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Argumentation”Author Affirms Campus Hypocrisy”

What We Mean by “Argument”
In a popular sense, an argument is a disagreement that we express with someone. In the field of logic, however, an argument is a specific verbal construction containing a set of claims. The word “argument” is synonymous, in logic, with the word “reasoning.” That is, “to reason” is “to argue,” and that means to arrive at a conclusion derived from a set of evidence or claims.

An “argument” is a set of claims that includes 1) a conclusion, 2) a premise, and 3) an inference.

A “claim” is a declarative sentence (not a fragment, an exclamation, a question, or an expletive).

A “conclusion” is a claim that is supported by one or more premises.

A “premise” is a claim offered in support of a conclusion. It functions as a “reason why” for the conclusion.

(Note: Premises and conclusions can be either stated or implied.)

An “inference” is the reader’s applied meaning that senses that one or more claims “leads to” another. Without this inference, the reader will not perceive an argument in a reading.

The Two Structural Types of Argument: Simple and Complex

A Simple Argument
A “simple argument” is one that contains only one conclusion (a final conclusion) and one or more premises.

A Complex Argument
A “complex argument” is one that contains a final conclusion and one or more than one intermediate conclusions.

The Two Semantic Types of Argument: Deductive and Non-Deductive

A Deductive Argument
A “deductive argument” is an argument in which the premises guarantee (the exact wording of) the conclusion.

A Non-Deductive Argument
A “non-deductive argument” is an argument in which the premises are meant to make the conclusion only “like” or “probable.”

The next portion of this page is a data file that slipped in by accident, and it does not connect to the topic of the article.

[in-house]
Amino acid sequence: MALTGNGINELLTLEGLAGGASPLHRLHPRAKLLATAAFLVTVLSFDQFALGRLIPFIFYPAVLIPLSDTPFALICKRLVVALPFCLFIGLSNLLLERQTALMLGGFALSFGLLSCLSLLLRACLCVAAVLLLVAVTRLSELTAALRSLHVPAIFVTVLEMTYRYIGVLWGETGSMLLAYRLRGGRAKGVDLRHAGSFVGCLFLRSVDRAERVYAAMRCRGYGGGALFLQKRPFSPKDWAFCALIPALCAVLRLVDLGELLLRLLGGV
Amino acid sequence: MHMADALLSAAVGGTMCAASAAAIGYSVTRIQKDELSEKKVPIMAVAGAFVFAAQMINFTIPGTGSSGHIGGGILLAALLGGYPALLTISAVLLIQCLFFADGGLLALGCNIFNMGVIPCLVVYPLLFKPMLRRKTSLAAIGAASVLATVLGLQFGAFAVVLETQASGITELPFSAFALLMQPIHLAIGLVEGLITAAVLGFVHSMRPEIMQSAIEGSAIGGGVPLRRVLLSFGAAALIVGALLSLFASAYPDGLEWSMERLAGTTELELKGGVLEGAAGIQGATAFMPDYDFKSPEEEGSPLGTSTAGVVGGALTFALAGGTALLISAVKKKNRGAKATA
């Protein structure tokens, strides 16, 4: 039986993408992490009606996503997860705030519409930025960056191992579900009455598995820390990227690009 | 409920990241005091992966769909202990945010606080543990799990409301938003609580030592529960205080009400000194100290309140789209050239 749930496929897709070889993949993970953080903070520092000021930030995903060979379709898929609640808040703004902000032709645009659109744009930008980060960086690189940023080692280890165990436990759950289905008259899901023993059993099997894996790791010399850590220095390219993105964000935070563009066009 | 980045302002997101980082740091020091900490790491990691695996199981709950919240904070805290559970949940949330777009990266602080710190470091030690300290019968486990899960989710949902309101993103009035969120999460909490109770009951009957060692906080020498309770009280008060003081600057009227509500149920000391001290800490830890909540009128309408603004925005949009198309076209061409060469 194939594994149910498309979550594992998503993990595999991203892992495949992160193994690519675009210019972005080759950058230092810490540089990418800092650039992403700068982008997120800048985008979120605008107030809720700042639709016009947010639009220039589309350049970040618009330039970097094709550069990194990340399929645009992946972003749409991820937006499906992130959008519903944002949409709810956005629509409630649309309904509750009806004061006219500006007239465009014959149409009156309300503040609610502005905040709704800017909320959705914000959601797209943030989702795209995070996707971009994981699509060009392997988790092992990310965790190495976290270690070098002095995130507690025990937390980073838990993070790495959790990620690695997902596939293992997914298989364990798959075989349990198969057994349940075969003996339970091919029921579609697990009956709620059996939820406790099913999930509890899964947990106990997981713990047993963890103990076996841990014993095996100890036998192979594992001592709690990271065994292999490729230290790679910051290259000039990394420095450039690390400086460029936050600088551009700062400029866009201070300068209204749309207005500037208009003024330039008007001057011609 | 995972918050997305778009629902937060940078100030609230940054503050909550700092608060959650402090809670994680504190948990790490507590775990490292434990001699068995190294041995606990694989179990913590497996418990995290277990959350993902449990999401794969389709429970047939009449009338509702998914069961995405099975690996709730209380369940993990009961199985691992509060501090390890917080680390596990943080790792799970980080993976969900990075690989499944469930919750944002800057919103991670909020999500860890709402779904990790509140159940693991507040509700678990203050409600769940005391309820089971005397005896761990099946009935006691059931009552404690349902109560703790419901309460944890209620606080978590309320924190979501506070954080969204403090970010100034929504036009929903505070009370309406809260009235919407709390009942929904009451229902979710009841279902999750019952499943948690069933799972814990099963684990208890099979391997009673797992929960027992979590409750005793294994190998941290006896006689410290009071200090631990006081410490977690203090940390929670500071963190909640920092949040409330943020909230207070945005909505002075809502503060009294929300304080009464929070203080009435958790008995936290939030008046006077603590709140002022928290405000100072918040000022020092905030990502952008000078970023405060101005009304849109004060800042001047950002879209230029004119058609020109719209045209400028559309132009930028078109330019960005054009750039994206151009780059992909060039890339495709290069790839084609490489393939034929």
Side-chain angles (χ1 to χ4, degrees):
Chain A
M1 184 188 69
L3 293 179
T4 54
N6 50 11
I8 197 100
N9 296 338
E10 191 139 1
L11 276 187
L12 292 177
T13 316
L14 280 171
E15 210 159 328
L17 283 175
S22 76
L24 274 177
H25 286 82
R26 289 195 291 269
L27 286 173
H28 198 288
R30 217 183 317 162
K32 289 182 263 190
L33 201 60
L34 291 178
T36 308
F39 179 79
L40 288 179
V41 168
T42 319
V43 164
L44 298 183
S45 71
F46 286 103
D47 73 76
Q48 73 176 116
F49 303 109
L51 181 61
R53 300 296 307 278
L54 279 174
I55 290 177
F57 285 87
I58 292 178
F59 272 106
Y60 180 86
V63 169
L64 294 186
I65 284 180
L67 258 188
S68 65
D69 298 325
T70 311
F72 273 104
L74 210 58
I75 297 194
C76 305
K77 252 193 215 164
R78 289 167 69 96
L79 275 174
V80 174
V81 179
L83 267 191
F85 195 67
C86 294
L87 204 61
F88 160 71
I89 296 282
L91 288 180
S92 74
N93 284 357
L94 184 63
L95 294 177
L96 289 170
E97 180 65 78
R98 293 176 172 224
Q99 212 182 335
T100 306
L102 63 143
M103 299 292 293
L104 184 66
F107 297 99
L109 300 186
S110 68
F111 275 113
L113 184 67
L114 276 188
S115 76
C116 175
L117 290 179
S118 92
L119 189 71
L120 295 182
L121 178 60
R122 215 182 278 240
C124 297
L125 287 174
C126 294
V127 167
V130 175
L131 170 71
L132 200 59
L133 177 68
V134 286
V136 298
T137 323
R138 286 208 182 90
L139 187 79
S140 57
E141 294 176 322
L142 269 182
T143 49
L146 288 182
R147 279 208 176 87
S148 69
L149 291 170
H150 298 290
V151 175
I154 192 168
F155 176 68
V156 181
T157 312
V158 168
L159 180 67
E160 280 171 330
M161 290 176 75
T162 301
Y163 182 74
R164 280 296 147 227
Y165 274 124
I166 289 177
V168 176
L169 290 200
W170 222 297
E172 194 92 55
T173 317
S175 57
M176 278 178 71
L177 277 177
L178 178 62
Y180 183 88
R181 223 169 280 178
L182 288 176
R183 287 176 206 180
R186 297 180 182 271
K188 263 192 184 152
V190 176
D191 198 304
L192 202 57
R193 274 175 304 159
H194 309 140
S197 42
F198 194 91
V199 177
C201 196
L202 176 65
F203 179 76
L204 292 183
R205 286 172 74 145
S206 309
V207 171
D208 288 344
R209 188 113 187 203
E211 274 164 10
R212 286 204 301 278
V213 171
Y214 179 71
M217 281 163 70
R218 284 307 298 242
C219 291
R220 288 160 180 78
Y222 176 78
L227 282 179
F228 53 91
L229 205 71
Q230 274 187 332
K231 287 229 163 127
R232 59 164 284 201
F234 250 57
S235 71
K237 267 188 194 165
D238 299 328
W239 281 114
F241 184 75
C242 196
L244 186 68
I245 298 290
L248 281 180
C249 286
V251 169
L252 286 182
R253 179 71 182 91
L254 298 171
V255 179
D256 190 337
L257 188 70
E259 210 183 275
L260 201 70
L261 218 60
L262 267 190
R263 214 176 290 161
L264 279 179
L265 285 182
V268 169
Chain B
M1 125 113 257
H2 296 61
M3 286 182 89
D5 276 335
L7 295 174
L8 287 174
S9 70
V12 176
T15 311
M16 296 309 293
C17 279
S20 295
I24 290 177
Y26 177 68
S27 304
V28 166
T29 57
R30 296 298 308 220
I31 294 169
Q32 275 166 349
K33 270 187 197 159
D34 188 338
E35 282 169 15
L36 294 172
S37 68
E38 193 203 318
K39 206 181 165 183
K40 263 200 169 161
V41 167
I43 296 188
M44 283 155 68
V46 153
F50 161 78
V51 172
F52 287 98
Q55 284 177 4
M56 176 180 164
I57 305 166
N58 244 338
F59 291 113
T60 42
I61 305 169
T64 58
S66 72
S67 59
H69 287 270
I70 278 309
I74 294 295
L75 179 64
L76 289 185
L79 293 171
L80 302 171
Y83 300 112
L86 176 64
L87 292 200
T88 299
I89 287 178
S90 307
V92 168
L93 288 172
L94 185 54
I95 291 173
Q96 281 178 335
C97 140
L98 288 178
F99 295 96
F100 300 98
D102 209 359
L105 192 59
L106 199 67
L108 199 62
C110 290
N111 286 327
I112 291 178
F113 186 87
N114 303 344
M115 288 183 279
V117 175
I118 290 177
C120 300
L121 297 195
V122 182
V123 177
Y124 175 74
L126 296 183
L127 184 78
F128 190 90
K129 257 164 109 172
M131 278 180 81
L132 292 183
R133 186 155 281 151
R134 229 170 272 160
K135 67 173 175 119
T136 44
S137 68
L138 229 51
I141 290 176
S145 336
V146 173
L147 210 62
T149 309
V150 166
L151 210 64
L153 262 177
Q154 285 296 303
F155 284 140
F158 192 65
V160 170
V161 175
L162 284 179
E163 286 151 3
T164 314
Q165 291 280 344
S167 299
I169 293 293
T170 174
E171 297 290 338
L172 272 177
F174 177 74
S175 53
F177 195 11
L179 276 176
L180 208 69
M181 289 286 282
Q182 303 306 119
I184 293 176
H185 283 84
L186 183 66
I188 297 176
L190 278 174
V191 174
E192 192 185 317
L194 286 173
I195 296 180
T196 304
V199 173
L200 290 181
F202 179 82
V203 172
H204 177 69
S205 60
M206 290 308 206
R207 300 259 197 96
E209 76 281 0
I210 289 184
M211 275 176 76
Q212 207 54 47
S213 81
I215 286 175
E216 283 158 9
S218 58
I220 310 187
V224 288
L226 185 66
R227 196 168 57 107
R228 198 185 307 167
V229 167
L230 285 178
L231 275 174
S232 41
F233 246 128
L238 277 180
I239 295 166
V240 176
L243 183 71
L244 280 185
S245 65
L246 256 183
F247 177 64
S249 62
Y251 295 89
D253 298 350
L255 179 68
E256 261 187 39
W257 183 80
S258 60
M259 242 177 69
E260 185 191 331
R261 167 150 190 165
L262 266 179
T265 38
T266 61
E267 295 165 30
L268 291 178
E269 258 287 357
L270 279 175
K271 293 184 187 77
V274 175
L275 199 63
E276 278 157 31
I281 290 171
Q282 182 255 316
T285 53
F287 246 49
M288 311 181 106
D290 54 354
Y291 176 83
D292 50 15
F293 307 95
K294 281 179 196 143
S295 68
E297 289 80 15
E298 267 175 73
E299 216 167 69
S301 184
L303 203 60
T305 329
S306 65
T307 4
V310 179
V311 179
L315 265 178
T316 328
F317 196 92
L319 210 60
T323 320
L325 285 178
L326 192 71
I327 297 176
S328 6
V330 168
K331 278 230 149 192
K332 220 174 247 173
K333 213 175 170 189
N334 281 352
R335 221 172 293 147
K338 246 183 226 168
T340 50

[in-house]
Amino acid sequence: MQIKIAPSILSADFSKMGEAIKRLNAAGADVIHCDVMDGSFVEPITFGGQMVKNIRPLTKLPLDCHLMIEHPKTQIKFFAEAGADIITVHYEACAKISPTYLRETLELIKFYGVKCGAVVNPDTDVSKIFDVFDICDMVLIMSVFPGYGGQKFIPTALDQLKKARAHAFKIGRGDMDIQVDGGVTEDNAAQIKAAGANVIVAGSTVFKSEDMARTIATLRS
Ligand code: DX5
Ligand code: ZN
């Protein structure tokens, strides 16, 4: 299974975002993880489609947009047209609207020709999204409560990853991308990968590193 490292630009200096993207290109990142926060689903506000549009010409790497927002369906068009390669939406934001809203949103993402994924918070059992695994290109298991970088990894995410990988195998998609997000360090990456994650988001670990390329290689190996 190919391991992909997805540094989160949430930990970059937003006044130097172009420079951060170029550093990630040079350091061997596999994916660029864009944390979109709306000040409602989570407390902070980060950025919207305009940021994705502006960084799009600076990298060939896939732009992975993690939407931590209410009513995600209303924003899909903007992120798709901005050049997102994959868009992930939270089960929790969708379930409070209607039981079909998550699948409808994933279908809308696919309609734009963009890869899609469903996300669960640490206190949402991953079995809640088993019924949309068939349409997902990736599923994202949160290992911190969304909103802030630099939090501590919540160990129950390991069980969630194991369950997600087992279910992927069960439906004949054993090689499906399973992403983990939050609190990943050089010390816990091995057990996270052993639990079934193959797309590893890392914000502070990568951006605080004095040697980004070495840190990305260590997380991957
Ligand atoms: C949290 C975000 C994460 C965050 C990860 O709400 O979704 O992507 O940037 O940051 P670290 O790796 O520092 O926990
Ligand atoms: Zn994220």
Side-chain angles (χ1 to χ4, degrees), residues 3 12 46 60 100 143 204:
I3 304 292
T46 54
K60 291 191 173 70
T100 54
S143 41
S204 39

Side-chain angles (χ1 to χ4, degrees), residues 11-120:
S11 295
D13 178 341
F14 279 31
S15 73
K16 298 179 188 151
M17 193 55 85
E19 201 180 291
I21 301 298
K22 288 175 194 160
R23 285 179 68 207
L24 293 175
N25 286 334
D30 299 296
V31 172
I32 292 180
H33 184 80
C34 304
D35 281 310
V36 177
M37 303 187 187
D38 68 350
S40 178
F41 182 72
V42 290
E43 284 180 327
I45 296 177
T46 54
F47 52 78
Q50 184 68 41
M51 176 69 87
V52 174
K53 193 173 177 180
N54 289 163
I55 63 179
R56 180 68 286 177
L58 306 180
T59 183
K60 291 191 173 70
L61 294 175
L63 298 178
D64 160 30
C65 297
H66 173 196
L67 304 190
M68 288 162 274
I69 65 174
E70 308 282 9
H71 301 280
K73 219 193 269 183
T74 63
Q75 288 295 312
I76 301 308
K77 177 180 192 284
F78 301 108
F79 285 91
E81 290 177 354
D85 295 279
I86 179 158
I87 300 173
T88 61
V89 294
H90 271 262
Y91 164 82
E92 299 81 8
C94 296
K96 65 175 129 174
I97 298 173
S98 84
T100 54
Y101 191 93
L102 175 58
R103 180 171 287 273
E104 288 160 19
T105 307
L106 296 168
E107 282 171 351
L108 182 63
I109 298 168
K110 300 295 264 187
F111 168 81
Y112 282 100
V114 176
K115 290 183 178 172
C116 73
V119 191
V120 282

The Evaluation of Arguments

Arguments must be evaluated on the “quality of their premises” (Conway and Munson, The Elements of Reasoning).

Premises will be judged as
1) true/false,
2) acceptable/unacceptable, or
3) unquestioned/questionable.

The Evaluation of Deductive Arguments
A “deductive argument” will be judged as either “sound” or “unsound.” It will be judged as “sound” if, and only if, each of the premises is judged to be “true”; if not “true,” then “acceptable”; if not “acceptable,” at least “unquestioned.”

A “non-deductive argument” will be judged as either “successful” or “unsuccessful.” It will be judged as “successful” if key premises are judged to be “true,” “acceptable,” or at least “unquestioned.” Generally, the degree of success of a non-deductive argument will be enhanced with the addition of more and more true, acceptable, or at least unquestioned premises.

Note: Just because you may judge an argument to be “unsound” or “unsuccessful” has no bearing on either its structural or semantic type.

Composing the Formal One-sentence Description of an Argument
The “formal one-sentence description” of an argument contains the discrete conclusion of the argument and identifies the structural type, the semantic type, and the evaluation of the argument. Example: “The claim that ‘NAFTA is a failed economic treaty’ is the conclusion of a complex, non-deductive, and successful argument.”

Your Task as a Reader of Arguments
As a reader of academic texts, your responsibility is to determine, paragraph by paragraph, whether or not the author intends an argument. That is determined by identifying those claims that you sense are intended to be read as conclusions and then by identifying those claims, either stated or unstated, that lead to it.

How to Identify an Argument in a Text
Quite often, the topic sentence is the conclusion in an argumentative paragraph. That sentence will be placed at or near the beginning of the paragraph or at or near the end. In the first case, be alert to the immediately following sentences; they will often be claims offered as premises or reasons supporting the topic sentence. In the case of the latter—the placement of the topic sentence at the end of the paragraph—the topic sentence will function as a conclusion for which the previous discussion has provided reasons.

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